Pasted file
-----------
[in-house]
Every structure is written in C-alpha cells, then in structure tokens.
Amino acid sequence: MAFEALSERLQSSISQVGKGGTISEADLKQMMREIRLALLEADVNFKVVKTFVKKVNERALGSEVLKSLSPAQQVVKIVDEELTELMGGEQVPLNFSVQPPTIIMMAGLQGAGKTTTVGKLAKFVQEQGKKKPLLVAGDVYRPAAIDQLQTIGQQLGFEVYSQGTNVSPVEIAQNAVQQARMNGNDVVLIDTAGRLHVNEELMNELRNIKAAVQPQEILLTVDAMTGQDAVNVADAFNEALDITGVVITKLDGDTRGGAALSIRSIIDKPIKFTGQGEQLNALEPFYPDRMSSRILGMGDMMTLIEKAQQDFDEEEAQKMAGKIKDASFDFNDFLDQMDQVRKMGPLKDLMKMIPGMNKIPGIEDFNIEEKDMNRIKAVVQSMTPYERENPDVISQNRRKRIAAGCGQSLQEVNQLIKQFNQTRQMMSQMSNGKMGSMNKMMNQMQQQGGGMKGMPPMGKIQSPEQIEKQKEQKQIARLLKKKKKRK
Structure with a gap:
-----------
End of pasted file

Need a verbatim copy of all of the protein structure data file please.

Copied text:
[in-house]
Every structure is written in C-alpha cells, then in structure tokens.
Amino acid sequence: MAFEALSERLQSSISQVGKGGTISEADLKQMMREIRLALLEADVNFKVVKTFVKKVNERALGSEVLKSLSPAQQVVKIVDEELTELMGGEQVPLNFSVQPPTIIMMAGLQGAGKTTTVGKLAKFVQEQGKKKPLLVAGDVYRPAAIDQLQTIGQQLGFEVYSQGTNVSPVEIAQNAVQQARMNGNDVVLIDTAGRLHVNEELMNELRNIKAAVQPQEILLTVDAMTGQDAVNVADAFNEALDITGVVITKLDGDTRGGAALSIRSIIDKPIKFTGQGEQLNALEPFYPDRMSSRILGMGDMMTLIEKAQQDFDEEEAQKMAGKIKDASFDFNDFLDQMDQVRKMGPLKDLMKMIPGMNKIPGIEDFNIEEKDMNRIKAVVQSMTPYERENPDVISQNRRKRIAAGCGQSLQEVNQLIKQFNQTRQMMSQMSNGKMGSMNKMMNQMQQQGGGMKGMPPMGKIQSPEQIEKQKEQKQIARLLKKKKKRK
Structure with a gap: